Kemp focuses on budget during first address to state legislature


Courtesy of the Augusta Daily Chronicle

Governor Brian Kemp makes his first State of the State Address in which he focused on the Georgia Budget

Newly-sworn Gov. Brain Kemp Kemp outlined his budget objectives, which included a pay raise for the state’s teachers. 

Kemp began his address to the legislature on Jan. 17 by citing a parable about strong foundations before paying tribute to former Republican governors Nathan Deal and Sonny Purdue for their accomplishments. Kemp called the State of Georgia ‘Rock Solid.’

Citing the teacher turnover rate in Georgia, Kemp promised a $3,000 pay raise as a part of the 2020 budget to in part fulfill a campaign promise of an eventual $5,000 pay raise.

“We must invest in those who educate, inspire and lead our students,” said Kemp. “Forty-four percent of our teachers leave the profession within the first five years. To recruit and retain the best and brightest in our schools we must remove heavy burdens in the classroom and keep teacher pay competitive.”

This promise of competitive teacher pay was taken with bipartisan praise as teachers from West Virginia to Arizona have been striking over pay raises. However, some teachers believe that this expansive promise of a $5,000 pay raise is too good to be true.

“I think that it is going to get negotiated,” AP Government and Civics teacher Susan Salvesen said. “I don’t know that we will get $3,000, but I do think that we will get some pay raises.”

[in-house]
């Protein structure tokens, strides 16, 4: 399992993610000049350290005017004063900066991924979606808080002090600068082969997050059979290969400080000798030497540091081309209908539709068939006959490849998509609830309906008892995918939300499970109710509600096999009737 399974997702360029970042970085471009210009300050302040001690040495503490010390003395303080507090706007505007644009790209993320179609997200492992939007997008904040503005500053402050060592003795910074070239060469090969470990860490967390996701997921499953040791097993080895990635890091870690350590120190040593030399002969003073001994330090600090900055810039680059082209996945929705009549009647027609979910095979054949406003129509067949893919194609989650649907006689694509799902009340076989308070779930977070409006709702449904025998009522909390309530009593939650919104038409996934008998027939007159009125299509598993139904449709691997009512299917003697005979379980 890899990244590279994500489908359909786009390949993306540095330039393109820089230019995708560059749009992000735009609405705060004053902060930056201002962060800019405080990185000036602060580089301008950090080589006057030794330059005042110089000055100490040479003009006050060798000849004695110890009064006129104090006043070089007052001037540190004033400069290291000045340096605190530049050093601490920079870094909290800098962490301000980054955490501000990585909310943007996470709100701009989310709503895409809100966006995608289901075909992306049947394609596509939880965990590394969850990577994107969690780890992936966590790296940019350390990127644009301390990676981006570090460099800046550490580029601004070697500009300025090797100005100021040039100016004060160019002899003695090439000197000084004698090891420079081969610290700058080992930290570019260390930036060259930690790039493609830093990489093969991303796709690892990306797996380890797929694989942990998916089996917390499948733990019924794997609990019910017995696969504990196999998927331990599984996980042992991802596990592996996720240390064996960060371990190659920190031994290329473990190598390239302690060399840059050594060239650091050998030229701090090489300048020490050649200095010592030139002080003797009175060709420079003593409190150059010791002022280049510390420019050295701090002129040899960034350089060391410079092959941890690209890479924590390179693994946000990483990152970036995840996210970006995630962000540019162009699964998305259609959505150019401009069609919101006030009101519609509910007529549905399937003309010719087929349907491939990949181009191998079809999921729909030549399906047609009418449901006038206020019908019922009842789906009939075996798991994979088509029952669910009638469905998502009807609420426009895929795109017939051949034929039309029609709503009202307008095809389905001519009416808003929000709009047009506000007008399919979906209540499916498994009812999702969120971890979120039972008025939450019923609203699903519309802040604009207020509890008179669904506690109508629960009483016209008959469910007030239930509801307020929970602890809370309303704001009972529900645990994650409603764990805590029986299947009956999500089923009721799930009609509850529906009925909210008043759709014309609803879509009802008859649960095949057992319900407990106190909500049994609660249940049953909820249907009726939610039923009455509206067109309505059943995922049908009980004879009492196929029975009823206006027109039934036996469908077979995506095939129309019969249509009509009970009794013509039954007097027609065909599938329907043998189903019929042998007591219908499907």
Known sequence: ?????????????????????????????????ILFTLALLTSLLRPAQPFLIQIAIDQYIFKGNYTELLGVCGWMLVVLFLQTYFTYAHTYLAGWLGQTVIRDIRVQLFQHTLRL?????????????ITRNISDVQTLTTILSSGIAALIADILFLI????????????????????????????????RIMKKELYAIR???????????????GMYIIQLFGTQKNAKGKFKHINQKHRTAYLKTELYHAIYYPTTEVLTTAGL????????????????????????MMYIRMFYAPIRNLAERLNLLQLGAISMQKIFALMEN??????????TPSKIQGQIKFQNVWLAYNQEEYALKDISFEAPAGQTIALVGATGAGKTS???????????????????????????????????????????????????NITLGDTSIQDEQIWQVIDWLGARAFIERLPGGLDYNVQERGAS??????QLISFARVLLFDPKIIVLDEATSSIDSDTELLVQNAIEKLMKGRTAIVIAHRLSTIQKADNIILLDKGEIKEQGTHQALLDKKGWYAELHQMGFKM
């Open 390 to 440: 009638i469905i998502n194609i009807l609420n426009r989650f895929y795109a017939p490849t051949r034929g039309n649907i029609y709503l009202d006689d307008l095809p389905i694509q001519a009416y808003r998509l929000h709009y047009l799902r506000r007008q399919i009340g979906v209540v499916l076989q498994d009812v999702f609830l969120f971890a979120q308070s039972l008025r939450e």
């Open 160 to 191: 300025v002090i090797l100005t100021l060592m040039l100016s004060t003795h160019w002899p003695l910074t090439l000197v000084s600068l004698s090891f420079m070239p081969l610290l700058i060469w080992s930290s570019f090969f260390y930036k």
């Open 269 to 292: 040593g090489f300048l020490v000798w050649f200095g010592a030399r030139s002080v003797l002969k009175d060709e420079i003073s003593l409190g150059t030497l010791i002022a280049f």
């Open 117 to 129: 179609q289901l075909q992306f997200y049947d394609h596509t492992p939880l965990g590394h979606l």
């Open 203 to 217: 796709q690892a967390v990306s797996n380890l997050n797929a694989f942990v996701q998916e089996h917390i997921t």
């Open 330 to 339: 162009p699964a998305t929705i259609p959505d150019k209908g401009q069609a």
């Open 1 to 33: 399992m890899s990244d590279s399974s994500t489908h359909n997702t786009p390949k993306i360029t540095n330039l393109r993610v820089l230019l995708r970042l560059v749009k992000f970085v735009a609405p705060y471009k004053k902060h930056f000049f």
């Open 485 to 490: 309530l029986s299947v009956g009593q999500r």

Other teachers are worried that this potential pay raise will put the Georgia teachers pension fund in jeopardy due to a mismanagement of accessible funds.

“The other question that is extremely important to address due to its economic volatility is the pension issue,” AP World History teacher Sara Looman said. “That’s why California teachers are striking because they have not monitored these pensions; so, the money that they put aside for retirement is in jeopardy. You have to be careful because any subsequent raise in salary could put the pension fund at risk.”

Kemp furthered another one of his primary campaign promises: to put Georgians first, especially in terms of small business through cutting government regulations.

“As governor, I will continue to work with state and local officials to recruit industry leaders to Georgia,” said Governor Kemp in his state of the state address. “Through the Georgians first commission, we will review regulations that make it difficult for job creators to hire, expand and invest.”

 Kemp continued his address by promising funds to support rural Georgia post Hurricane Michael in South Georgia, and to work with the ‘broken’ medicaid system and increase school security.

Kemp capped  the address by discussing what he calls the ‘rampant’ and violence problem that he said was plaguing everyday Georgians.

“As governor I am committed to addressing the rising gang activity in our state,” said Kemp in addressing public safety. “Gang violence is a growing threat requiring our immediate attention. My budget proposal includes a half a million dollars in initial funds to form a gang task force within the GBI.”